In honor of Presidents Day ... while the rest of you are buying new furniture and bed sheets, I will be taking my high school junior on her First Official College Visit that is:
(a) to a campus I would have never have chosen for her and has me scratching my head, asking, "Where did I go wrong?";
(b) alerting me to the fact that she has never truly cleaned a bathroom on her own and is certain to offend and alienate any future roommates; and
(c) reminding me that I'm almost through making all of her decisions for her.
I remain hopeful that:
(a) she will visit many, many campuses that will encourage her to open her eyes;
(b) she will discover that the bathroom floor is no substitute for a trash can; and
(c) she will let me make one more decision, one that will help carry on the family tradition and lead her to end up here.
And that leads me to this next story ... which is not really a story at all, but more of a memory. A reminiscence. One of my good friends in elementary school was the fourth of five kids. I would walk to her house several times a week—almost always on Saturdays—and all these teen-agers would be there, hanging out, playing basketball in the driveway, sitting around the kitchen table and being all teen-agery. As the oldest kid in my own house, I loved going to thishouse so that I could be one of the annoying younger kids. I would sit in the grass and listen to the 14- and 16- and 17-year-olds as they delivered quick and witty teen-ager cutdowns while they played basketball. Sometimes they would allow us younger kids to sit in the den with them while they ... who knows what they did. I think they just hung out. No video games, no computers, no texting. Just hanging out. I don't remember any smoking, cussing or other carrying on that you might suspect. It was all very innocent and wonderful. Sometimes they would even ask me a question, or let me talk.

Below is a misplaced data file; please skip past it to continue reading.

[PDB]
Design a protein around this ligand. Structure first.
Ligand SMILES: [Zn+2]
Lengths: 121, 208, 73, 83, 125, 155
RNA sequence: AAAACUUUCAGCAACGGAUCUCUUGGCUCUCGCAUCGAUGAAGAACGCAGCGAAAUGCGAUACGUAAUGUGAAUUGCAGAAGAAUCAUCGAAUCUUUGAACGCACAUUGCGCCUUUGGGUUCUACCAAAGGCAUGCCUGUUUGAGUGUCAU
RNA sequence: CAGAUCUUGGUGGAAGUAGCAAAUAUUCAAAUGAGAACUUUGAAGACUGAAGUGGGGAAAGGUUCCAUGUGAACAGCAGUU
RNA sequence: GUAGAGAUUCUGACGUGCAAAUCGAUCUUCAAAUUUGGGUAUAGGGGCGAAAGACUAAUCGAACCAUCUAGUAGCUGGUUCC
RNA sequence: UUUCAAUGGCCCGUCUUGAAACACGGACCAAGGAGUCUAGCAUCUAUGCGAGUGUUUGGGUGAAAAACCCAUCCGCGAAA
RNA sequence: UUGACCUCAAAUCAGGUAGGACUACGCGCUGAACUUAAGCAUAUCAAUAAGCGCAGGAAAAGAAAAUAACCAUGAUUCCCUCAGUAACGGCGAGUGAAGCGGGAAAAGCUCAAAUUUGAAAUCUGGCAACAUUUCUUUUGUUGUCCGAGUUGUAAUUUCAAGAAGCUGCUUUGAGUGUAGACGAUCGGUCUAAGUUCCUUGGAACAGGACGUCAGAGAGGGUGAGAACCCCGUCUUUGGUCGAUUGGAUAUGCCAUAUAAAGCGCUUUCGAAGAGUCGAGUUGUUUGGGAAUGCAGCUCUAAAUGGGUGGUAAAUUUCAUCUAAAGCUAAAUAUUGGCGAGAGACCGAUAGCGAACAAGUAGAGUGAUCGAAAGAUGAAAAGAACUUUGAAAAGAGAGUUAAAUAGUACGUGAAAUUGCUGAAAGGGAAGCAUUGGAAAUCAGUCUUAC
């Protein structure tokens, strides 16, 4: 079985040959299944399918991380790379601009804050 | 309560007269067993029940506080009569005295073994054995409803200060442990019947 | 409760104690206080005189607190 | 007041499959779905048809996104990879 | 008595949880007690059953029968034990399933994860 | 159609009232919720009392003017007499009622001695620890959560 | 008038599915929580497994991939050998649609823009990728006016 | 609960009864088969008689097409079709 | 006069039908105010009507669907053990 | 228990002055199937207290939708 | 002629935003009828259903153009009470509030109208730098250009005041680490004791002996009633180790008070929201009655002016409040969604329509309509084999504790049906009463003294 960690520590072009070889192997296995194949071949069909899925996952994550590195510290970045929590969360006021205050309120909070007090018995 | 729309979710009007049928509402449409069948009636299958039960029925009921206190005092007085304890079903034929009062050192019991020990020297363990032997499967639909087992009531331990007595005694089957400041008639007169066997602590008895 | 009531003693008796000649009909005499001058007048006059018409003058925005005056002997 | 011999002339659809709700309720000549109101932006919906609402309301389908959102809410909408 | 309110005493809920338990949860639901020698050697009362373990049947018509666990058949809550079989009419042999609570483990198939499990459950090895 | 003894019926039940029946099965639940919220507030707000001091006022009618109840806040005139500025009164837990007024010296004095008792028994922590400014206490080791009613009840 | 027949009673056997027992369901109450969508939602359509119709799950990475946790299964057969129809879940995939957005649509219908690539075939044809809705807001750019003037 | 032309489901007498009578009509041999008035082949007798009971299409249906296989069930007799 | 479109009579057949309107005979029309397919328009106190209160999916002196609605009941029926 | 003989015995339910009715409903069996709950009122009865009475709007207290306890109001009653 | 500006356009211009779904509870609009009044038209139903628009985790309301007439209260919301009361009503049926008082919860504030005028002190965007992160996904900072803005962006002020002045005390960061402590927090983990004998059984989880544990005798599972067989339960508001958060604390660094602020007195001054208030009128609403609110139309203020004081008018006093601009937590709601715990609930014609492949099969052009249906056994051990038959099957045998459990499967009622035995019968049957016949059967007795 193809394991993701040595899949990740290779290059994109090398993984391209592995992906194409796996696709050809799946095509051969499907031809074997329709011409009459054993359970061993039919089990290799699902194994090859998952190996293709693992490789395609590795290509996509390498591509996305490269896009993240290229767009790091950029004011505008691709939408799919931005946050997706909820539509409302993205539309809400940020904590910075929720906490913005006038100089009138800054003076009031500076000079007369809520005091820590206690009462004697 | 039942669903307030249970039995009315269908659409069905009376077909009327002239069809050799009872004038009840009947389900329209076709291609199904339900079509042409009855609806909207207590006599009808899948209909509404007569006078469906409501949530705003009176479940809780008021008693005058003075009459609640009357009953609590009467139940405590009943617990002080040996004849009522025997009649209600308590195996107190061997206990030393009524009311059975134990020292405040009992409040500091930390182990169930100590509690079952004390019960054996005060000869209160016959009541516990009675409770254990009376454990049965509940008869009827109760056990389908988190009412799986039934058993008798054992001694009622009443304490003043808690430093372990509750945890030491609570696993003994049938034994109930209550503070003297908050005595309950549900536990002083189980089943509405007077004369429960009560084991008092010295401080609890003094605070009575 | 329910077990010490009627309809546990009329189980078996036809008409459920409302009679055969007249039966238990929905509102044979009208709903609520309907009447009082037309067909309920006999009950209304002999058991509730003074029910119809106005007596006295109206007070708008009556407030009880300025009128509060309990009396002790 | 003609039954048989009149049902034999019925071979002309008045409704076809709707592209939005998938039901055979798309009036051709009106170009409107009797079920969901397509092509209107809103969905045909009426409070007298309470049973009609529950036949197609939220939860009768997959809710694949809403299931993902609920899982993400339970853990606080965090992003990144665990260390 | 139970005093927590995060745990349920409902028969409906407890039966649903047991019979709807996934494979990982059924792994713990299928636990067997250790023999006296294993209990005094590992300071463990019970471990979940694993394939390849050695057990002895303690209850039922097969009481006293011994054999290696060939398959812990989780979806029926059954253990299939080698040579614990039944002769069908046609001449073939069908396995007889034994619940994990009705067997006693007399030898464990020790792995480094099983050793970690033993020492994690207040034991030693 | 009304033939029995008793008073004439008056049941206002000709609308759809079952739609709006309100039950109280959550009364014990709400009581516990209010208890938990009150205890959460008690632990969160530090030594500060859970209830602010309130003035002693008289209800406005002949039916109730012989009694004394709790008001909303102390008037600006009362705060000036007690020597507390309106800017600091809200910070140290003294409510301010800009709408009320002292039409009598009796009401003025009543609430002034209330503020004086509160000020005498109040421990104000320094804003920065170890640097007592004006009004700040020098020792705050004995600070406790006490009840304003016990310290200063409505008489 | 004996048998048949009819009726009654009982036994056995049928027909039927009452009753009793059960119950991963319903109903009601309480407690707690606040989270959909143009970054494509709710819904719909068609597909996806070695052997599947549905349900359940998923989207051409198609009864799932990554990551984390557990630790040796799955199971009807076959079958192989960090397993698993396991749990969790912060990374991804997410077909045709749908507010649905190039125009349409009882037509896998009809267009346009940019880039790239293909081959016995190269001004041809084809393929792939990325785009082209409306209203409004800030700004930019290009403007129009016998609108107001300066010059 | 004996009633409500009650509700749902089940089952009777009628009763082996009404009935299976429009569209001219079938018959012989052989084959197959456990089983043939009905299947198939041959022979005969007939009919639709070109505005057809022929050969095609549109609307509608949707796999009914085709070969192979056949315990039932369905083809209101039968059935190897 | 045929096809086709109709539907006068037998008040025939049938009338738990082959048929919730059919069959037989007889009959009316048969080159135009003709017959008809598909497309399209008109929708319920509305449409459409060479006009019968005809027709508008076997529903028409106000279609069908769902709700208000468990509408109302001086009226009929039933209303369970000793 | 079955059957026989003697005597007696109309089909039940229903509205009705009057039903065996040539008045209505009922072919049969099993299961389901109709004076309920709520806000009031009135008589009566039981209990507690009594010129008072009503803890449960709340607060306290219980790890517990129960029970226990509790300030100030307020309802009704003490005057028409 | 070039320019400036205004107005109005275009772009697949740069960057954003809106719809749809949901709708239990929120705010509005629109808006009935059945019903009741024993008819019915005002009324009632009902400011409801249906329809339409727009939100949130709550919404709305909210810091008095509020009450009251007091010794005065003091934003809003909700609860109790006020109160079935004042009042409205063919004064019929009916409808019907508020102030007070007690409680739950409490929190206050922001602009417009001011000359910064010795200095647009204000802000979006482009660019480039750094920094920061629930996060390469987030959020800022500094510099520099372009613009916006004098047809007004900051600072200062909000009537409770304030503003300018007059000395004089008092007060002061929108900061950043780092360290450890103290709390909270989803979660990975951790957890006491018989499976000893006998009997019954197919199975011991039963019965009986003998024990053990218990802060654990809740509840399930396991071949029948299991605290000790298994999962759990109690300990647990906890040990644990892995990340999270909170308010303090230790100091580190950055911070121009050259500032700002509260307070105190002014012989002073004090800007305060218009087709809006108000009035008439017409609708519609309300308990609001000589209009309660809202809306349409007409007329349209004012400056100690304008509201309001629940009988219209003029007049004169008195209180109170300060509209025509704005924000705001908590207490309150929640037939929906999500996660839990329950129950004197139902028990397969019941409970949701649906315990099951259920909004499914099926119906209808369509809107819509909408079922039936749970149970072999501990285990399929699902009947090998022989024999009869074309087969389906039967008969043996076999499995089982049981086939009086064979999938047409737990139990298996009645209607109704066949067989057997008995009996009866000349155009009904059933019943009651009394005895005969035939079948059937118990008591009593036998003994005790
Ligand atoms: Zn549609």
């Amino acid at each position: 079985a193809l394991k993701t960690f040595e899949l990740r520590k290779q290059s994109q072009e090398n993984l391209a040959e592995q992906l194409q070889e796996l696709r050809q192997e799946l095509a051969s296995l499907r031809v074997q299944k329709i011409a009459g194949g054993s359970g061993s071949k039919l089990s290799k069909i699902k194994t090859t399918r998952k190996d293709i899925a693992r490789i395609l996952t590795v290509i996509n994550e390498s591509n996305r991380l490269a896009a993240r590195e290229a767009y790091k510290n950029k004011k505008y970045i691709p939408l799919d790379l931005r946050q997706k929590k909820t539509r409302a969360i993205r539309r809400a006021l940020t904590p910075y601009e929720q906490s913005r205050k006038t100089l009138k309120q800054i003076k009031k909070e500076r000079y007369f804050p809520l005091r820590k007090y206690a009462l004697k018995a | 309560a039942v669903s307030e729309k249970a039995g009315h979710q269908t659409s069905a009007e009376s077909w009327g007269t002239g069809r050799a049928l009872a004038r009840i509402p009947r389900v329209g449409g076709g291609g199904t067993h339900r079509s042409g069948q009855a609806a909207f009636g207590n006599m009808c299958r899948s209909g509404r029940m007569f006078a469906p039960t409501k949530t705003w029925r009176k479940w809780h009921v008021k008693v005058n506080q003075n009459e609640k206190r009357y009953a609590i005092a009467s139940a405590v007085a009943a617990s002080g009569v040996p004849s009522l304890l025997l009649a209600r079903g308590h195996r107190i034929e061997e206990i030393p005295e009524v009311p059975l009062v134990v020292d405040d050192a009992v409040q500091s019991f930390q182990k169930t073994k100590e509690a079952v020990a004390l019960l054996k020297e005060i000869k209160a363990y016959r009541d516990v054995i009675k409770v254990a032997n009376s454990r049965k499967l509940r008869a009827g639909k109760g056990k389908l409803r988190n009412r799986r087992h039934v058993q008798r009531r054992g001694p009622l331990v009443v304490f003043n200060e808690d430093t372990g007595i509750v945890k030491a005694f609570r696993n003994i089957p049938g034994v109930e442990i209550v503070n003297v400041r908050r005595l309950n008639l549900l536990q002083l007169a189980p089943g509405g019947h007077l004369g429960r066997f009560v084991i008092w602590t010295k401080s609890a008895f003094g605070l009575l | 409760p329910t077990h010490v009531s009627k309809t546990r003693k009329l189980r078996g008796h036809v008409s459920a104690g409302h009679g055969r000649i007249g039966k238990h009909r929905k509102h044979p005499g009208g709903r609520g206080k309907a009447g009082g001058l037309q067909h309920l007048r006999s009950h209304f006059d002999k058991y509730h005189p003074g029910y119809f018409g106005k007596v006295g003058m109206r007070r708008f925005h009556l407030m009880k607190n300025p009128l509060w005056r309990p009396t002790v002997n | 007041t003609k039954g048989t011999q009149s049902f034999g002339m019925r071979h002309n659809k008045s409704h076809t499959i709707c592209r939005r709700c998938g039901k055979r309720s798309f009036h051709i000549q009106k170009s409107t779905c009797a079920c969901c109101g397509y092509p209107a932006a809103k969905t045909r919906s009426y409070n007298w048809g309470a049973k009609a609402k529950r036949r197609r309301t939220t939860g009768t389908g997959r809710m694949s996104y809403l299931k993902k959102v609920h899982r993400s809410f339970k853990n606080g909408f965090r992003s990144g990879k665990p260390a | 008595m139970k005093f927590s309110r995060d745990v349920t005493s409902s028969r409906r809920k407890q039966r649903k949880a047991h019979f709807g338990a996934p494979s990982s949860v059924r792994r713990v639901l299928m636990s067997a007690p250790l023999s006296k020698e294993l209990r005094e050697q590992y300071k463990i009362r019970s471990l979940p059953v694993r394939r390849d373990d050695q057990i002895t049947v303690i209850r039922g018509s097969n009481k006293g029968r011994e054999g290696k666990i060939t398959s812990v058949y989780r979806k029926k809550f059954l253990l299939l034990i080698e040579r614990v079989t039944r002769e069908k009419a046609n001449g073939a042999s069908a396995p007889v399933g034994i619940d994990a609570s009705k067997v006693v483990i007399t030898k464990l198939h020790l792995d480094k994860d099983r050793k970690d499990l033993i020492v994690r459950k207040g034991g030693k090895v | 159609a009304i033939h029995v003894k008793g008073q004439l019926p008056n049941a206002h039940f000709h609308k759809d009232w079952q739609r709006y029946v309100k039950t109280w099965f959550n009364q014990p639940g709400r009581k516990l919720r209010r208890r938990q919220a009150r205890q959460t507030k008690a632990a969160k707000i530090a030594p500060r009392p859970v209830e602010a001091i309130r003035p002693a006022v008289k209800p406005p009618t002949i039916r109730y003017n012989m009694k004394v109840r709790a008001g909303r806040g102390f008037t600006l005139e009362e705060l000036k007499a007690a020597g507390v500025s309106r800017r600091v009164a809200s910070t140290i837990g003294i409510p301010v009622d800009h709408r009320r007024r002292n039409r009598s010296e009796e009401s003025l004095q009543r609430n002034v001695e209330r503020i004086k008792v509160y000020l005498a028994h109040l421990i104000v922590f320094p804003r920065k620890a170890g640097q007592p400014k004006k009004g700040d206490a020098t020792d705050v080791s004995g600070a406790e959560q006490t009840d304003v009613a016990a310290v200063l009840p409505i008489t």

The mom, with her long, platinum, Cheryl Ladd hair and her casual ways, went about her business, always leaving the front and back doors open for anybody and everybody to come and go as they wished. She always had Cheetos and Little Debbie cakes on hand and didn't hover or interfere or nag about homework. She was there, but she wasn't so there that we noticed her.
She hosted with an unceremonious approach that attracted neighborhood kids. Her own kids were fairly normal—smart, popular, well-rounded. Not so much because of what their mom did, but maybe because of what she didn't do. I'm no sociologist, but maybe there's something there. Maybe I need to let more things go. (Gosh, this is starting to sound like a confessional.)
And while that story may seem to have come out of left field, it popped into my brain this morning for a reason. Maybe that reason is that our lives have recently been SO dominated by kids' schedules this past week that I have found myself gripping the steering wheel with seething resentment—not because I don't want my kids to have full lives or fun-filled days or because I mind transporting them—but because we don't seem to live near anywhere they need/want to go.
No matter how much you love your kids, I love mine more. But if I could have raised them in the late '70s, who knows? Maybe it would have been easier? Simpler?
And the winner is ... well, you'll have to mosey on over to here to see who won this week's give-away at the book review blog. And be sure to check that site Monday for a new post.
Happy weekend. And whether you observe or ignore Valentine's Day, I hope yours is super.